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CESR's intervention at the United Nations Tax Convention Ad-Hoc Committee

Following our history of linking tax debates to human rights, CESR delivered a statement at the meeting of the Ad Hoc Committee drafting the terms of reference for a United Nations Framework Convention for International Tax Cooperation. Read our intervention, delivered by CESR fellow Pulkit Palak, here:

Thank you, chair,

Esteemed delegates:

I wouldn’t think anyone in the room underestimates the magnitude of what we are doing here, our collective actions will shape the future of our planet and the generations to come. We have seen resounding acknowledgment from the member states regarding furthering the development goals through the convention, in their written inputs.  But it is imperative that both human rights and development be included in the objectives and principles and that their financing be a priority objective for the convention.

Human rights are a fundamental element of the global legal framework, representing one of the United Nations' three pillars. All member states are bound by obligations set out in the human rights treaties they have ratified, and therefore, rights standards offer a benchmark against which to assess tax systems. Several UN bodies have increasingly recognized the relevance of human rights norms in taxation and vice versa including the Committee on Economic, Social and Cultural Rights. However, despite the close interlinkages, the commitments that States undertake upon ratifying human rights treaties are often overlooked in international tax cooperation.


Human rights reinforce the very importance of international tax cooperation in addressing inequalities within and among nations, and in providing governments with the necessary resources to respect, protect, and fulfill human rights.  We must embrace this duty wholeheartedly, transcending narrow national interests and working together to create a tax regime that benefits all nations.

States can promote a more equitable society by using taxes:

  • To generate revenue for funding rights and public services,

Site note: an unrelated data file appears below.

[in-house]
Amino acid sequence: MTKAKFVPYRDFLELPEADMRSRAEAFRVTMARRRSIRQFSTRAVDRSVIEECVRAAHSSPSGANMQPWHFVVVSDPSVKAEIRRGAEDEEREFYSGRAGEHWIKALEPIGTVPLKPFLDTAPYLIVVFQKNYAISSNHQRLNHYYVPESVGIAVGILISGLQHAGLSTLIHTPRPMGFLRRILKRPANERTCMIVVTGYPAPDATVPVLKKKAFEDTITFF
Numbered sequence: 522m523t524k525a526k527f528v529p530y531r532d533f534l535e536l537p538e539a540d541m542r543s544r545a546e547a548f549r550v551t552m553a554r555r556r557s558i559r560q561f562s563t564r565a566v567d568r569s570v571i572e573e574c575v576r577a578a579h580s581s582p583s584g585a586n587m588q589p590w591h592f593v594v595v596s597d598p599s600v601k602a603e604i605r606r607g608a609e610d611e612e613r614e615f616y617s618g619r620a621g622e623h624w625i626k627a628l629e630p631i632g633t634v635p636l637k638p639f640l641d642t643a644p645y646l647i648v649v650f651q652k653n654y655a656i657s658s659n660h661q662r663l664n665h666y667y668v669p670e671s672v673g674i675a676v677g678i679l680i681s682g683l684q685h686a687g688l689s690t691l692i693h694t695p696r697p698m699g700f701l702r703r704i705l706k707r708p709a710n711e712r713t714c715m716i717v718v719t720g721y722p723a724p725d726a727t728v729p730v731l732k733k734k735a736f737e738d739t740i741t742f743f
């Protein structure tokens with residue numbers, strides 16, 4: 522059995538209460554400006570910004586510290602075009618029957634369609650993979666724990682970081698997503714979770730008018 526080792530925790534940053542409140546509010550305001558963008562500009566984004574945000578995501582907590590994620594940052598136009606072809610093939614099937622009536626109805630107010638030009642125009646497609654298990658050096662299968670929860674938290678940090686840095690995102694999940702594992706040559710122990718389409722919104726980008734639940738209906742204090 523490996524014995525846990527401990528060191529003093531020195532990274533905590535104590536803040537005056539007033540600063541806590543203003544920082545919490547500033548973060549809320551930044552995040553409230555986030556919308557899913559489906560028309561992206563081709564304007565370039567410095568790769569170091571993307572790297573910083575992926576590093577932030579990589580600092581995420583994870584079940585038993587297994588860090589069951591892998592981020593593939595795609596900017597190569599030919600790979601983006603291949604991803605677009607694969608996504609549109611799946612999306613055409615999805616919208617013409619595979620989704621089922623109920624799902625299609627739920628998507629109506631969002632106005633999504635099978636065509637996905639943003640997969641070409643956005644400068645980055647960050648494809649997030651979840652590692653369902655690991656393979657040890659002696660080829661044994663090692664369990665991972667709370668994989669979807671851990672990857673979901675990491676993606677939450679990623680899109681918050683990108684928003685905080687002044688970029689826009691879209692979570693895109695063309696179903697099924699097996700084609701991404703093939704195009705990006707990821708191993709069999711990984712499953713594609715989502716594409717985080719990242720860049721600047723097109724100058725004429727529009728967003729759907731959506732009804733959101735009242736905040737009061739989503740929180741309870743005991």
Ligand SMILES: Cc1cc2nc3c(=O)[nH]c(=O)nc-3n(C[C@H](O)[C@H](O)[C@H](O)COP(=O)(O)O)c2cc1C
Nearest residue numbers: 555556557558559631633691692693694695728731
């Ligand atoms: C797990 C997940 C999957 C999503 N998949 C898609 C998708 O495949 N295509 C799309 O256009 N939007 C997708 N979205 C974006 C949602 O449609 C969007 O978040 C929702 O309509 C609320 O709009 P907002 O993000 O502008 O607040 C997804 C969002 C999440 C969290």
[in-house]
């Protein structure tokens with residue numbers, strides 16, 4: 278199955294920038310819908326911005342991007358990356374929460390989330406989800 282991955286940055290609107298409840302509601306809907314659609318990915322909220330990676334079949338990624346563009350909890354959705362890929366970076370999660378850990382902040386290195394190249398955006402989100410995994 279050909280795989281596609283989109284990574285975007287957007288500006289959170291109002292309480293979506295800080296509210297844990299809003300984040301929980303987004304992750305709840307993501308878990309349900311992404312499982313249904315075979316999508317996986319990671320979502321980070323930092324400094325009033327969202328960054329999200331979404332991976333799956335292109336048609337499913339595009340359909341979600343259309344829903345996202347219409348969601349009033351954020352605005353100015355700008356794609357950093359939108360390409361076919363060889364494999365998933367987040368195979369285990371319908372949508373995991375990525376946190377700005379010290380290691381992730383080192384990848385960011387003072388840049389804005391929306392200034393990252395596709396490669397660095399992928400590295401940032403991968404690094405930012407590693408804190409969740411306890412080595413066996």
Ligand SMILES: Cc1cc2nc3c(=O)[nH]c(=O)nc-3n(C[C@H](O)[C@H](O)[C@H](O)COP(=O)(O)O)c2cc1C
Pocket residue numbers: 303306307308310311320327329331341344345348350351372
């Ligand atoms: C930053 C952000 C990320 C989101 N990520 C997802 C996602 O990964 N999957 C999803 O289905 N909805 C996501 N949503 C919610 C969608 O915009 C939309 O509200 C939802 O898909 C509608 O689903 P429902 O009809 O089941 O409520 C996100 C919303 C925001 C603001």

• Redistributing wealth to lessen inequality,
  • Adjusting prices of goods and services to discourage harmful practices, and
  • And improving democratic governance through better representation. 

A fundamental reason for re-writing international tax rules emanated from harmful tax competition to attract multinational corporations and corporations abusing a poorly coordinated system, all of which undermined States’ -especially lower-income countries- capacity to realize rights. The Convention must ensure that lower-income countries can raise their fair share of taxable revenues, enabling them to spend newly-freed resources on economic and social rights. Recognition of human rights principles in the convention offers the opportunity to balance individual considerations such as right to privacy with broader and comprehensive considerations of maximizing available resources.  

Equality and non-discrimination are also crucial rights principles for this Convention. Progressive tax policies are essential for reducing inequality, promoting gender equality, and fighting discrimination. We mustn't tolerate systems that concentrate wealth and power, leaving many behind. The international tax regime's opacity and secrecy also undermines public trust and erodes resources. We need binding transparency measures to empower citizens and hold corporations and individuals accountable.

The Convention must also enshrine the principles of inclusiveness and public participation. The voices of those most affected by tax policies, particularly from historically disadvantaged groups, must be heard and respected.

For a Convention that comes close to achieving the goals we have set out to achieve, it should build new transparent, inclusive, and participatory mechanisms that prevent the unjust enrichment of powerful states and entities due to historical imbalances. To achieve these goals, human rights mechanisms are an indispensable tool of guidance that must be brought to the center of tax cooperation.

Esteemed colleagues, the path before us is challenging, but the stakes have never been higher. Let us seize this moment and work together to create a more just, equitable, and sustainable world for all.

Thank you.